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Point. Gasp. Shake your head in disgust.
The world learned two weeks ago that yet another European country is in desperate need of a bailout. The two largest banks in Cyprus, a tiny Mediterranean island situated between Turkey and Lebanon, have been struggling to deal with losses incurred from the writedown of Greek bonds. But, as is well-known by now, to unlock the 10 billion euro bailout offered by the "troika" -- the International Monetary Fund, European Union, and European Central Bank -- Cyprus must come up with somewhere north of five billion euros on its own. And to do this, it's decided to place a levy on uninsured bank deposits.
The island nation's central bank outlined the details of the program on Sunday. Depositors in Cyprus' largest lender will have 37.5% of their deposits above 100,000 euros converted into bank equity -- which presumably will be rendered worthless once the losses are fully absorbed. An additional 22.5% will be "temporarily withheld to ensure the lender meets the terms of its recapitalization." And the remaining 40% will be "temporarily frozen to ensure the lender's liquidity." Taken together, a full 60% of deposits in excess of 100,000 euros have thus begun the ascent to money heaven.
Since the crisis erupted into plain view over the weekend of March 16-17, analysts and commentators have fretted and warned that the same thing could happen in the United States. In the upcoming issue of Forbes, the eponymous Steve Forbes quips, "Don't put it past our politicians to try it in a financial emergency." The conservative firebrand Rush Limbaugh said it's a "legitimate fear to have." And a "news commentator" even went so far as to proclaim, "not only can it happen here, it is happening here."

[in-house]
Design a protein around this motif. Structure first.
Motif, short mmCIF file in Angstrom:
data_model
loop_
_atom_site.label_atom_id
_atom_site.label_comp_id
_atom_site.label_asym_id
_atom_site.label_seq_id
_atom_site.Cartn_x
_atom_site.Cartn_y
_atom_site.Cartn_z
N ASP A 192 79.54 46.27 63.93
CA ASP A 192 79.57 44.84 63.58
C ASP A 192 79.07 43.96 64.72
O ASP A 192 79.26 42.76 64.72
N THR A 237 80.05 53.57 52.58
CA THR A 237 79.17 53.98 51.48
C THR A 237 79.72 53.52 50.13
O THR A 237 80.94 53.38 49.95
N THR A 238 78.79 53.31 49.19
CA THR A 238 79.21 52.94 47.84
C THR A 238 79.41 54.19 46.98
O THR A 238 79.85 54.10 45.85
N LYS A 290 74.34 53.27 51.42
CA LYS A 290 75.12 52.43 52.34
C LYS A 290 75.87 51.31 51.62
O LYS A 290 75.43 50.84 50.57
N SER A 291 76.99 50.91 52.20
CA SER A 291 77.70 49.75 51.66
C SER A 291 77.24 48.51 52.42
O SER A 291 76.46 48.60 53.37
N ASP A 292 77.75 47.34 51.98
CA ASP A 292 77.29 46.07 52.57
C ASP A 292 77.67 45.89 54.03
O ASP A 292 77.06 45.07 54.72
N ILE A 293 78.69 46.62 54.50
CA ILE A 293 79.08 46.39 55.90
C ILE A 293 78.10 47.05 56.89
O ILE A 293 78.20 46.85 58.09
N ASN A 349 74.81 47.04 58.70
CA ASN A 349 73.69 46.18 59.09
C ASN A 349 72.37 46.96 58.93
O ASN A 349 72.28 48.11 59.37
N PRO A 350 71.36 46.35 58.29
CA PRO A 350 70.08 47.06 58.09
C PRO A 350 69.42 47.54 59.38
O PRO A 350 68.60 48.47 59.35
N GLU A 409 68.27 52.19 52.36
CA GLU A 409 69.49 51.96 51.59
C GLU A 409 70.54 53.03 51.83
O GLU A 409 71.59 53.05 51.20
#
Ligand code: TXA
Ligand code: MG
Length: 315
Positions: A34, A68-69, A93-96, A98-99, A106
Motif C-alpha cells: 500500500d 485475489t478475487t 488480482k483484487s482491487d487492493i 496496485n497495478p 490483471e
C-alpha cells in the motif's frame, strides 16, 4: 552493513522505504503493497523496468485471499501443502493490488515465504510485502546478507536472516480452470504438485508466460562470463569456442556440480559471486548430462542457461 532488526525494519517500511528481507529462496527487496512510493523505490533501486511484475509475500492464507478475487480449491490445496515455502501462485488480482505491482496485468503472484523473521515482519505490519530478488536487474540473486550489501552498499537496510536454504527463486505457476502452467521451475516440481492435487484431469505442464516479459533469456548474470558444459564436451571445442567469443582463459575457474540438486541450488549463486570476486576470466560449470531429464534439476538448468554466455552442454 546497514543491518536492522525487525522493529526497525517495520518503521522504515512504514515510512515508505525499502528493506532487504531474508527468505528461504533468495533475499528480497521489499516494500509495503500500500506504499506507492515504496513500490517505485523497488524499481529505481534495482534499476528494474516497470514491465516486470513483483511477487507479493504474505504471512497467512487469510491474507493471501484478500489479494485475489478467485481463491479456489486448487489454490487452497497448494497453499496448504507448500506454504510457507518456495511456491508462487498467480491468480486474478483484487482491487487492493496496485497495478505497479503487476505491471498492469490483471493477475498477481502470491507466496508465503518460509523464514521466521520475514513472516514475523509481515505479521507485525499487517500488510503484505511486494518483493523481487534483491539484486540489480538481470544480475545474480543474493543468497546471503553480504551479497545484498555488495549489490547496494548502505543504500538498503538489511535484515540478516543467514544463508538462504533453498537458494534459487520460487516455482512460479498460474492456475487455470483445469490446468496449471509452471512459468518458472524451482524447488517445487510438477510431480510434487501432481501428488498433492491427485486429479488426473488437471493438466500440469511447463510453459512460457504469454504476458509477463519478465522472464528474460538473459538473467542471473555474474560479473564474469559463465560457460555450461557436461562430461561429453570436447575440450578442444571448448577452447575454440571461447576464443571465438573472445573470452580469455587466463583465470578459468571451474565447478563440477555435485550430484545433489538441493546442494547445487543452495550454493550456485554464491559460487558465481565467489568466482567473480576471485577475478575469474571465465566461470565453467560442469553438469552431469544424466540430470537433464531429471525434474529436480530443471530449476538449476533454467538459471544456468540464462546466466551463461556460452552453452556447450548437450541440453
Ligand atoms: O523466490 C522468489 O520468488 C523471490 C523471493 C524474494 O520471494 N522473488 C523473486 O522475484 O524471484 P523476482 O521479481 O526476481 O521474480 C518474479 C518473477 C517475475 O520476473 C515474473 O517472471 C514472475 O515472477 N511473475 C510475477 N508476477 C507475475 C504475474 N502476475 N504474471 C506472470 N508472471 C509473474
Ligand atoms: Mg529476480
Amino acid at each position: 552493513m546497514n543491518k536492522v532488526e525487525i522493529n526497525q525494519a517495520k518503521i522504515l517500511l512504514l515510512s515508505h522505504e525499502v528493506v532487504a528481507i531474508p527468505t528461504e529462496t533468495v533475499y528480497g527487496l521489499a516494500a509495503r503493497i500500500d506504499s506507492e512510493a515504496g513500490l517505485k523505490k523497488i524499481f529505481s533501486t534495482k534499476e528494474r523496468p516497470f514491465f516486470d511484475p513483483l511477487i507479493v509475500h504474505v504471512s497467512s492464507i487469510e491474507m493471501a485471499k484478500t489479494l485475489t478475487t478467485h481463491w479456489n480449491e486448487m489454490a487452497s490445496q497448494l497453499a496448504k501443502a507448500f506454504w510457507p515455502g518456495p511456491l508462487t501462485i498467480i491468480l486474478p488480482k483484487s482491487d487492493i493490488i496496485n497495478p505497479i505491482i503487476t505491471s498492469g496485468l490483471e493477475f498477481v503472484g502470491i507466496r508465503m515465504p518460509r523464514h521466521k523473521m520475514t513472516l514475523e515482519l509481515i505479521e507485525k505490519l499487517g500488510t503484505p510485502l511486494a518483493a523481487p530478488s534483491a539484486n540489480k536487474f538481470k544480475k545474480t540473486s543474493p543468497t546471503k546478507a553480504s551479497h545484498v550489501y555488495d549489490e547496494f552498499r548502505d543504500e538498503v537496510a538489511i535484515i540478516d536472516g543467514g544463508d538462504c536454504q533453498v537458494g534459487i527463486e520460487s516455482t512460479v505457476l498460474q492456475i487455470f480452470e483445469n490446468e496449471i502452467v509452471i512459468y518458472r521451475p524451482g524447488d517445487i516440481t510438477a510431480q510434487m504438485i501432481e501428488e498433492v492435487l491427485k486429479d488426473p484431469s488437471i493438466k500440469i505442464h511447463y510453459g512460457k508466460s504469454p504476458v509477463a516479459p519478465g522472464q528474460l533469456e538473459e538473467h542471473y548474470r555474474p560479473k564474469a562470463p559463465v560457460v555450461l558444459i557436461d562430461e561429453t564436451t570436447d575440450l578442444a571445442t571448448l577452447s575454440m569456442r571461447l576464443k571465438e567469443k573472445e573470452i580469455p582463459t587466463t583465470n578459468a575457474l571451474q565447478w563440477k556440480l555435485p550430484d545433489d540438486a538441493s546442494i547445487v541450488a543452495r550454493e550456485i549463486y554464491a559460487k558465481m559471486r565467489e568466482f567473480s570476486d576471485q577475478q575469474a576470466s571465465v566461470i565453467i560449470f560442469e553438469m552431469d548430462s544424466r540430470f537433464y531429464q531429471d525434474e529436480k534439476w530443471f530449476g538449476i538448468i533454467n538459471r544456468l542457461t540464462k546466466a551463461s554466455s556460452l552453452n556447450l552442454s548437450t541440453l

While I'd like to say that opinions like this are wrong, the reality is that the loss of deposits isn't a completely foreign concept. A pertinent example of this was the FDIC-backed bailout of IndyMac Bancorp five years ago. As The New York Times recently noted, "IndyMac was about the size of the Bank of Cyprus, and its depositors ended up taking nearly as big a loss -- 50 percent on deposits above the levels insured by the [FDIC]."
At the same time, there are two important distinctions that are worth keeping in mind. First, since the IndyMac bailout, the FDIC has raised its deposit insurance to $250,000, or more than twice the $100,000 limit before the crisis. And second, thanks to a heighted regulatory and capital regime, banks here have become increasingly (albeit involuntarily) risk averse -- the JPMorgan Chase (NYSE: JPM ) London Whale scandal being a notable exception to this.
Take the capital base of the nation's largest banks. The Tier 1 capital ratio at Bank of America (NYSE: BAC ) went from 6.9% of total assets at the end of 2007 to 12.9% at the end of last year. Over this same time period, Citigroup's (NYSE: C ) ratcheted up from 7.1% to 14.1%, Wells Fargo's (NYSE: WFC ) from 7.6% to 11.8%, and U.S. Bancorp (NYSE: USB ) from 8.3% to 10.8%. According to JPMorgan's obviously biased CEO Jamie Dimon, "I think all banks will have too much capital in two and a half years. And they're not going to know what to do with it."
The lesson to take from this is simple. Are uninsured deposits always at risk? Yes -- though, to reemphasize the point, this only applies to deposits in excess of $250,000 at each institution. But should you be concerned given the precedent set by Cyprus? No -- at least no more so than you were before, as banks in the United States are arguably safer now than they've been for decades.
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